Seasoned documentarian Alexandru Solomon begins Proxima Competition entry Arsenie. An Amazing Afterlife (2023) with a priest bemoaning homosexuality’s effect upon the country, threatening the very fabric of Romania itself. The cult icon behind these views is the iconic priest Arsenie Boca, praised for his resistance to communism and devotion to traditional values. Dying just before the revolution of 1989, his visage forms part of the Orthodox Church’s stranglehold on Romanian rhetoric.
As a Jewish man shocked by the dangerous attitudes that have taken over politics and television, Solomon’s previous attempts to confront such sentiment haven’t worked — one priest shockingly tells him he can just convert to Christianity. In his latest film, he tries a different tack. He attempts to get into the heads of the devoted instead, creating a fascinating, rather pessimistic hybrid documentary exploring the paradoxes and mysteries of faith.
Touring the pilgrimage sites of Boca, including his birthplace, the monastery he helped build and places he preached, Solomon ropes in a variety of faithful actors to engage in recreations of key moments of his career. With an open-hearted approach that lays bare the artifice of documentary filmmaking, this project appears to be an excuse merely to gather devotees in one place and find out why they hold such strong religious beliefs.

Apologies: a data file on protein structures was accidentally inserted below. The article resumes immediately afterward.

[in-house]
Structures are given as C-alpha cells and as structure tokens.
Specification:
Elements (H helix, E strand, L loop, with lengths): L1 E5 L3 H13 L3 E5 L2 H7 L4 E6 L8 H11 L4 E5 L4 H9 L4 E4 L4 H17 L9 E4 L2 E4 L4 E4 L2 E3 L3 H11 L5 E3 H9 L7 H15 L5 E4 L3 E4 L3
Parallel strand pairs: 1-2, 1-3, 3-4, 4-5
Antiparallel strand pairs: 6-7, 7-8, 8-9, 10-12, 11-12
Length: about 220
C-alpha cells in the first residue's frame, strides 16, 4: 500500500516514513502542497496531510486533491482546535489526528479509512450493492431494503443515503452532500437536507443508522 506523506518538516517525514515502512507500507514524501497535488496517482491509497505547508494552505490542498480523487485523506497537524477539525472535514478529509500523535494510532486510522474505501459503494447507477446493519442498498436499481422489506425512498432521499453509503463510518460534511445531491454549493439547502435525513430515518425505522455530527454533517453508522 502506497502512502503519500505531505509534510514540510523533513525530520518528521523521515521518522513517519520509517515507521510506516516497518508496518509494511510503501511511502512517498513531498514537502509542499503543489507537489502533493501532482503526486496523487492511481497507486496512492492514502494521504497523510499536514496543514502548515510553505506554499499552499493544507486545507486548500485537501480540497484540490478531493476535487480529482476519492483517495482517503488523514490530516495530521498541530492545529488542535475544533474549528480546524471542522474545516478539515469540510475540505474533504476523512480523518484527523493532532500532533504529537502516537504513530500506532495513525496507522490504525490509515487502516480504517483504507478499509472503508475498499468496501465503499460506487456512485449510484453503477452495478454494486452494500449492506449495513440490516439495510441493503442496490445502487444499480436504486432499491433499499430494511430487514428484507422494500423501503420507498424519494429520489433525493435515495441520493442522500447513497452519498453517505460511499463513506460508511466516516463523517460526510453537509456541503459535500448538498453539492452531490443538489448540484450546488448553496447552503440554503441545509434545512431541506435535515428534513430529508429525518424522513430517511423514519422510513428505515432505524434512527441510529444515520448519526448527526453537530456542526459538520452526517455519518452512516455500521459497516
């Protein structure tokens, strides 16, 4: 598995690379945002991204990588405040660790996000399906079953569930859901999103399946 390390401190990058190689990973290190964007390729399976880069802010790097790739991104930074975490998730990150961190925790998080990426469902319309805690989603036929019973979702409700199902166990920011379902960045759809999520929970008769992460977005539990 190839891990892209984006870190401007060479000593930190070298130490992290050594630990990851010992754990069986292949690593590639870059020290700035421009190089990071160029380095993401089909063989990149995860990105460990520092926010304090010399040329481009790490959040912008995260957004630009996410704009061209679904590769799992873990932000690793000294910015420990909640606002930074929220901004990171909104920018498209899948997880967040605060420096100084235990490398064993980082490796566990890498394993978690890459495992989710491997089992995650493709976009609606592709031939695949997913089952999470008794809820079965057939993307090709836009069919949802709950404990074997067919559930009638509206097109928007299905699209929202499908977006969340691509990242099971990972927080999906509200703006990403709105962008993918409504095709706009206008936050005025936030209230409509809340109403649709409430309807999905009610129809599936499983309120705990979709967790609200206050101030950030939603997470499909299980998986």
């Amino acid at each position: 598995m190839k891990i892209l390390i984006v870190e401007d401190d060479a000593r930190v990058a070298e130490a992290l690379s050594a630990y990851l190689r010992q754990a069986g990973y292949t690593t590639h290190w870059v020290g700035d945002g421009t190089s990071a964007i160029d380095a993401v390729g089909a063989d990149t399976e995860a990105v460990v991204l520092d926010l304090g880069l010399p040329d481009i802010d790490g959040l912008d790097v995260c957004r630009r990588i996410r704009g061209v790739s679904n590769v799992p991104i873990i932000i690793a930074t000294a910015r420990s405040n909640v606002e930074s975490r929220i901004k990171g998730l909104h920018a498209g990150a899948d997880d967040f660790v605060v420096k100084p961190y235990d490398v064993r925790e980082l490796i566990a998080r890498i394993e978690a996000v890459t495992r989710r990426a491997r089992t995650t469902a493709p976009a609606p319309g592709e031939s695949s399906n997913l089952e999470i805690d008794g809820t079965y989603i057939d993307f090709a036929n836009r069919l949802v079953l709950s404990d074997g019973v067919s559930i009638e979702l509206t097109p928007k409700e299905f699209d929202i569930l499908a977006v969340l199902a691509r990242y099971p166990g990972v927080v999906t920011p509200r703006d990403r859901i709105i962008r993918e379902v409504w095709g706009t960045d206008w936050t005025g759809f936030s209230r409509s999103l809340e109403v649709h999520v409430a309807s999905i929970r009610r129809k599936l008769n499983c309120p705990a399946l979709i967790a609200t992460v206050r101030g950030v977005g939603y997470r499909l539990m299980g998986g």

In a makeshift, yet crude split diopter shot (see above), interviewees are often caught against a rug, shoddily erected as a studio curtain in the middle of a field while the other half of the frame captures odd recreations in the background. He gets great mileage out of simply talking to the participants about their relationship with Boca, unveiling their prejudices and superstitions, acutely depicting how religion filled the gap when communism came to its violent end. Discussions of anti-semitism, anti-Roma sentiment, homophobia and talk of miracles all combine in a seemingly unreal reflection of contemporary Orthodox mores. Progressive views are left for another movie.
While one montage is particularly effective in seeing how his likeness has spread across markets, shops, online resellers and more, as well as the Orthodox Church’s attempts at canonisation, Solomon doesn’t go much deeper into the obvious grift behind the Boca racket, arguably Romania’s pitiful attempt to have a marketable Mother Theresa-like figure of their own. Most interesting was Boca’s foresight in this respect, selling pictures of himself back in the 50s in order to enrich himself. A man as paradoxical as modern Romania itself, he is certainly worth investigating, yet the final meaning is frustratingly elusive.
In the end, the film doesn’t provide much of an answer to the questions plaguing Solomon, collecting a cacophony of responses while failing to provide a coherent thesis. Solomon even admits as much, preferring to finish by mentioning Arsenie’s paradoxical wish to see a red flag hoisted above the Vatican. But it is this very openness, evoking a watered-down Radu Jude movie, that stops the film from falling into culture war traps, embracing the messiness of modern-day Romanian life instead of trying, perhaps in vain, to fix it. The afterlife of communism, fascism, religion and prejudice, appears to linger very long indeed.